Effects of sodium-glucose cotransporter 2 selective inhibitor ipragliflozin on hyperglycaemia, oxidative stress, inflammation and liver injury in streptozotocin-induced type 1 diabetic rats

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Sodium-glucose cotransporter (SGLT) 2 plays an important role in renal glucose reabsorption and has been highlighted as a therapeutic target for the treatment of diabetes. Here, we investigated the therapeutic effects of SGLT2 selective inhibitor ipragliflozin in type 1 diabetic rats.


Type 1 diabetic rats were prepared by intravenous administration of streptozotocin (STZ). Ipragliflozin was acutely or chronically administered, and therapeutic effects were investigated.

Key findings

Single administration of ipragliflozin significantly increased urinary glucose excretion, and its effect lasted over 12 h. In addition, ipragliflozin improved glucose tolerance and sustainably reduced hyperglycaemia. Repeated administration of ipragliflozin to diabetic rats for 4 weeks significantly improved not only hyperglycaemia, but also hyperlipidaemia and hepatic steatosis with concomitant increases in urinary glucose excretion. In addition, ipragliflozin ameliorates renal glomerular hyperfiltration and albuminuria. Further, ipragliflozin reduced liver levels of oxidative stress biomarkers and plasma levels of inflammatory markers, and improved liver injury as assessed by plasma levels of aminotransferases.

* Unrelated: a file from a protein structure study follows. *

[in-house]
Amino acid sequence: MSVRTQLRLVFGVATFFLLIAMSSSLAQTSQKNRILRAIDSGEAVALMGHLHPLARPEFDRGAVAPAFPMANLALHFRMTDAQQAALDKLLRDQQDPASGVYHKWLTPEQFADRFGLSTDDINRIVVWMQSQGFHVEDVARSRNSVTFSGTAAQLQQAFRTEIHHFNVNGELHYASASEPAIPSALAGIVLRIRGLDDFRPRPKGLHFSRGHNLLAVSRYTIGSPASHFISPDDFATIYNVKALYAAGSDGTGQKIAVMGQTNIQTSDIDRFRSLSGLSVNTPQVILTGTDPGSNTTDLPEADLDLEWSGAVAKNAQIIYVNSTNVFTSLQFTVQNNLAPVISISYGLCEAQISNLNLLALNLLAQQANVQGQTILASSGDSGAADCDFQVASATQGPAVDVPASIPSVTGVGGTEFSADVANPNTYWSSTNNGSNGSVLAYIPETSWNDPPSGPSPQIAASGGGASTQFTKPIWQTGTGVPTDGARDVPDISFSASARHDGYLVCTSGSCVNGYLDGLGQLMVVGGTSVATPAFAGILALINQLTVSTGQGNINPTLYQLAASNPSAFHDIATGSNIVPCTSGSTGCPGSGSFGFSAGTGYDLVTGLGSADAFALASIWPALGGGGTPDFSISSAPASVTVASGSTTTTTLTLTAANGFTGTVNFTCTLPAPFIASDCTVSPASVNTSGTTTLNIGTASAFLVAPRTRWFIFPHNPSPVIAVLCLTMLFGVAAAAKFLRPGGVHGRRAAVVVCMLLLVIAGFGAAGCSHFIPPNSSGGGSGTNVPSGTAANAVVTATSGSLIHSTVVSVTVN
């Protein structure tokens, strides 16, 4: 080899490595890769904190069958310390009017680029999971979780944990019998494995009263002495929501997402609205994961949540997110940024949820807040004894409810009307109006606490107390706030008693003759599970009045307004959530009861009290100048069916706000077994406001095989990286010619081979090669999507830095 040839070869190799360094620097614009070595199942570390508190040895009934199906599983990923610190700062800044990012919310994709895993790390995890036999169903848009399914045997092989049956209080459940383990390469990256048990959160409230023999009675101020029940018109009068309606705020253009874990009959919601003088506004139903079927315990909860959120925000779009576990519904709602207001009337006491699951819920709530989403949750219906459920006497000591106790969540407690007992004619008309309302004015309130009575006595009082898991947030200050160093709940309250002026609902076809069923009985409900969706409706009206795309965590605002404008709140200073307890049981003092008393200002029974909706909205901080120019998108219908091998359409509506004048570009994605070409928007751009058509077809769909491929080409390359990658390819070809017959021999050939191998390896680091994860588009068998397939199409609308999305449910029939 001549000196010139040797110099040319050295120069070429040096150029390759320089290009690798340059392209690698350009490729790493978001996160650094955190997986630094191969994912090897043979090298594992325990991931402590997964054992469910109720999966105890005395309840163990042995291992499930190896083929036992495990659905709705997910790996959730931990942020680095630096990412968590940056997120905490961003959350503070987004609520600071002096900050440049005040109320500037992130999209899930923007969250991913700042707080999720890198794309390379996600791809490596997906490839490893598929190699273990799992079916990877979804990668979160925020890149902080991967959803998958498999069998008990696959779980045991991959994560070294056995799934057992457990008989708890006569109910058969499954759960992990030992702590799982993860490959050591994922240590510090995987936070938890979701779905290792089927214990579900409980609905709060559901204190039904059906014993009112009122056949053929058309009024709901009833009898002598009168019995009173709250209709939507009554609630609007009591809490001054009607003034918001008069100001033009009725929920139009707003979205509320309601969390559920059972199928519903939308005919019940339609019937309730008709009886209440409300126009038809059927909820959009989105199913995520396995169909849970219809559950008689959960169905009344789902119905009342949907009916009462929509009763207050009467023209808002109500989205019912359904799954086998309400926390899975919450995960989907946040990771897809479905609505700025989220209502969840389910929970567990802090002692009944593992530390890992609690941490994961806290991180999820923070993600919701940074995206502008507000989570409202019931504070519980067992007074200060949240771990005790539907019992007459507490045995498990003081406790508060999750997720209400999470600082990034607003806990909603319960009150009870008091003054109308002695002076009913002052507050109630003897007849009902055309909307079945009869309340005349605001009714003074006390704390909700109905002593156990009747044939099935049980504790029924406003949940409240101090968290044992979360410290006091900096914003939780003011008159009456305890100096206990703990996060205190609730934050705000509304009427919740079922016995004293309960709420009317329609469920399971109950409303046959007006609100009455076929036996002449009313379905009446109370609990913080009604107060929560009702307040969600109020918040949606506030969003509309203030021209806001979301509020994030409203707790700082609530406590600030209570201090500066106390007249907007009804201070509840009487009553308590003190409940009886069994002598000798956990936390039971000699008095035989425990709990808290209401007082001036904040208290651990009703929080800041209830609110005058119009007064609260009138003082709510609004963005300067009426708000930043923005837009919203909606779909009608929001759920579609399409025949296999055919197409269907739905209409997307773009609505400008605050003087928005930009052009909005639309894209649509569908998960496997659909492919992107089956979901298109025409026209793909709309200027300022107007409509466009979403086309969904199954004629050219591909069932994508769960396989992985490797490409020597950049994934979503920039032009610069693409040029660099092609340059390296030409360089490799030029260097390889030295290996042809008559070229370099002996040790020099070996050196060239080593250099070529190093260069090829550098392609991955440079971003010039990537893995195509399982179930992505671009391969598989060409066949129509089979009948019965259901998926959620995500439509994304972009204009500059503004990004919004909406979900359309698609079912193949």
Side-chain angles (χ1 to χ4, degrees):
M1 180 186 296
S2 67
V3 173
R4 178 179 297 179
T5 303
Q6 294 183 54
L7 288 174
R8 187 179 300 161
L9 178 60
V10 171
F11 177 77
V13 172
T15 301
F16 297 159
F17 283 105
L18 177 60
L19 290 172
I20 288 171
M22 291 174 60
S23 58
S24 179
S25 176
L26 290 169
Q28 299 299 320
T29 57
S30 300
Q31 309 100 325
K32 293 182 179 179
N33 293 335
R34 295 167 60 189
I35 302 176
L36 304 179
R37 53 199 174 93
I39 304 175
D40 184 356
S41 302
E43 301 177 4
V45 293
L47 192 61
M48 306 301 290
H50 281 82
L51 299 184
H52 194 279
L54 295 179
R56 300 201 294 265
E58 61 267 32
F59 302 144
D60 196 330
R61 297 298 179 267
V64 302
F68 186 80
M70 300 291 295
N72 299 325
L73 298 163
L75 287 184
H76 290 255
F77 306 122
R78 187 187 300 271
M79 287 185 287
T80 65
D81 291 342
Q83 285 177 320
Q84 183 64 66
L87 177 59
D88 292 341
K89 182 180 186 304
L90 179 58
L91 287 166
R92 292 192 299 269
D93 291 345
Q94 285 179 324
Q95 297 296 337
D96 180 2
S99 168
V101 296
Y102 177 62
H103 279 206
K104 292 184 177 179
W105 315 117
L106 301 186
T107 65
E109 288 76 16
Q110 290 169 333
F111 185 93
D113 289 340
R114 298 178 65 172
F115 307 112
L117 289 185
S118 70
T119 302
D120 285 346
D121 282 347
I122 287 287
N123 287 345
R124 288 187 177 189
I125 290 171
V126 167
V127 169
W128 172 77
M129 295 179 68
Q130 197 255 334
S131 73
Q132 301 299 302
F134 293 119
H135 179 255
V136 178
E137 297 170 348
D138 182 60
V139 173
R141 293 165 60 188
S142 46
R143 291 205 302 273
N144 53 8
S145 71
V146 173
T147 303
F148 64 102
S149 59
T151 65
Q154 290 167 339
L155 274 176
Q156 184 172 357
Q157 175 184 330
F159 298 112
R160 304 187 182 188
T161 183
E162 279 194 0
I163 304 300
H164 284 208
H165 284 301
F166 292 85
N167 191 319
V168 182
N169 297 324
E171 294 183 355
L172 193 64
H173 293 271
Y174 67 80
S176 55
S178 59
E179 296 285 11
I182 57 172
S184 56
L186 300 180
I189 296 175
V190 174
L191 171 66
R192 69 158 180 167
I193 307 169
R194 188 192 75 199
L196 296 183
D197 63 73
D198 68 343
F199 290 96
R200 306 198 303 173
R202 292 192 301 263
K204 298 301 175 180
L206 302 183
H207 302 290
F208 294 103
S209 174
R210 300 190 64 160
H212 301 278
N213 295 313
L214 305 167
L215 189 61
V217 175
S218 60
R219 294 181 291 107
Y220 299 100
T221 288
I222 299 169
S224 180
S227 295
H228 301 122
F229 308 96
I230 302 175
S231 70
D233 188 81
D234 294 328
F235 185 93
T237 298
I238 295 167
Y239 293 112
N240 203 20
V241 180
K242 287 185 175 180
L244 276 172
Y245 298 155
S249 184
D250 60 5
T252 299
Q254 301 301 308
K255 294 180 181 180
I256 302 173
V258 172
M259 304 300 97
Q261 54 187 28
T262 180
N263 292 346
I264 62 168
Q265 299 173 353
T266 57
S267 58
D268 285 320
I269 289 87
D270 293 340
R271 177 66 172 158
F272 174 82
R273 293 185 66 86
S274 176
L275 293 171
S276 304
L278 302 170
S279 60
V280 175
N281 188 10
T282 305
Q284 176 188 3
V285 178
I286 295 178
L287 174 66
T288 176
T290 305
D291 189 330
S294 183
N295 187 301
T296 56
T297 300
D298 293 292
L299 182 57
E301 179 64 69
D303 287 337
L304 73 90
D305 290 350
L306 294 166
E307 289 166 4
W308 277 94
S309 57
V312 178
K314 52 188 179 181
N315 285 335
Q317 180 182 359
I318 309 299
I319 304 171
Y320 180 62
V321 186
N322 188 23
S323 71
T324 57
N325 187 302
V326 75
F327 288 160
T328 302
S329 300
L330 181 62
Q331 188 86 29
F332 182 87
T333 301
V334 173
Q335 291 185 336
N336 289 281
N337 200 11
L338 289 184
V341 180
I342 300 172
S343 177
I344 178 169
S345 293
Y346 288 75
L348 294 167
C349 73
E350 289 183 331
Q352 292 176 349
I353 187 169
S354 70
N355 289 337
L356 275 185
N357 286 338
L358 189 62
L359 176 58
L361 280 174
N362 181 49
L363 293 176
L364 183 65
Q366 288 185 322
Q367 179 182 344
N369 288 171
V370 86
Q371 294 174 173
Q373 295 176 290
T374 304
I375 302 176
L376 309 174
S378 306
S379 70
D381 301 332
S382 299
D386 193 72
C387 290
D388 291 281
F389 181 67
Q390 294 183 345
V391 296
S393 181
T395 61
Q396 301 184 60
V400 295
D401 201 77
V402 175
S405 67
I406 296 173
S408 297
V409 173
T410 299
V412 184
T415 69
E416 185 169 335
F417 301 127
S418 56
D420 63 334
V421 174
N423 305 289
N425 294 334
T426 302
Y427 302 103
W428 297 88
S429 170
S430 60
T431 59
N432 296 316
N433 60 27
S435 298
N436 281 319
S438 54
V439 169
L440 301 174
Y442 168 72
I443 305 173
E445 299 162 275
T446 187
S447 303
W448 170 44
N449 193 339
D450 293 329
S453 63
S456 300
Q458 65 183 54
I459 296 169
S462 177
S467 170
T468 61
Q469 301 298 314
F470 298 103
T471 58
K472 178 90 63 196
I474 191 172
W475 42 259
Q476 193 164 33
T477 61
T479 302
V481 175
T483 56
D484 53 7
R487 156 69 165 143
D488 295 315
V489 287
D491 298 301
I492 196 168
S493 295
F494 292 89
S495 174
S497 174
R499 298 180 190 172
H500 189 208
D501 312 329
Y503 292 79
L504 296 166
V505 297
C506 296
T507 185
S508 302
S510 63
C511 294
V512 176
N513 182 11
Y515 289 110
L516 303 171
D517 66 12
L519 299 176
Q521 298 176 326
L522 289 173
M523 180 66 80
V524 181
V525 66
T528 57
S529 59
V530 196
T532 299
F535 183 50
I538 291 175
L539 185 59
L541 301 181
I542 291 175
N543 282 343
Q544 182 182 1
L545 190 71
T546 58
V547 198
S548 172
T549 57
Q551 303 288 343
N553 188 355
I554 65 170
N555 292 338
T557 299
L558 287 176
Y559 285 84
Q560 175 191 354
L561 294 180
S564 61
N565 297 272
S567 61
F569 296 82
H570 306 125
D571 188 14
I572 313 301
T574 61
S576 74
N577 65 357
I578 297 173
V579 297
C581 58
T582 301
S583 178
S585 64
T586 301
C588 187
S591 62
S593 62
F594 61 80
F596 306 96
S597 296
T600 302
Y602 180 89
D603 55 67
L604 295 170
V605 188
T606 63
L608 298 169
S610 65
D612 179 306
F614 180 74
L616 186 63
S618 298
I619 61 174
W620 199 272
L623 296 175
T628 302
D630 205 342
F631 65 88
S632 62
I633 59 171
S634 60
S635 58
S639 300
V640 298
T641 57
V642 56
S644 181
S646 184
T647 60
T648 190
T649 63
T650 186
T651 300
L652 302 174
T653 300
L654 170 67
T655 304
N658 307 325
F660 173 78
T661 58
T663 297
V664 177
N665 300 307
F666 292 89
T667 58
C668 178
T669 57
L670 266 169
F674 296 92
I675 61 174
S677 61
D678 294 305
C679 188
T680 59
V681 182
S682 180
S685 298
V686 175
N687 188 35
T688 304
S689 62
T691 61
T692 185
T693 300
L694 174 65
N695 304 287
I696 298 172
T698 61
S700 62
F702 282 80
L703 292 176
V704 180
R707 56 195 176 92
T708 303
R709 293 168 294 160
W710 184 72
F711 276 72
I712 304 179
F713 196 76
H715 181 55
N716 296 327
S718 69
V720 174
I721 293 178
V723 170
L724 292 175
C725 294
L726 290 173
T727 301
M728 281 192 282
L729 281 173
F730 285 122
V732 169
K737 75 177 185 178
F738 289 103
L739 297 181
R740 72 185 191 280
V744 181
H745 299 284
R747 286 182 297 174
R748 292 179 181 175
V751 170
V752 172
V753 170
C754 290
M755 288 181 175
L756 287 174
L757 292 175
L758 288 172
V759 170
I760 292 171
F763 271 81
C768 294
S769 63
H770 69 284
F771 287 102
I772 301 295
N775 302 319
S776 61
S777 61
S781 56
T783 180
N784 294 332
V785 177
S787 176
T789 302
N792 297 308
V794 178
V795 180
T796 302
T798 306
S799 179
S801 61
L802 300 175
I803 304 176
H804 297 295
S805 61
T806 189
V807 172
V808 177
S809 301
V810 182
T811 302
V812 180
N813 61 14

These results suggest that SGLT2 selective inhibitor ipragliflozin exerts a beneficial effect on glycaemic control and ameliorates diabetes-associated metabolic abnormalities and complications in STZ-induced diabetic rats, and would be a potential agent for the treatment of type 1 diabetes.

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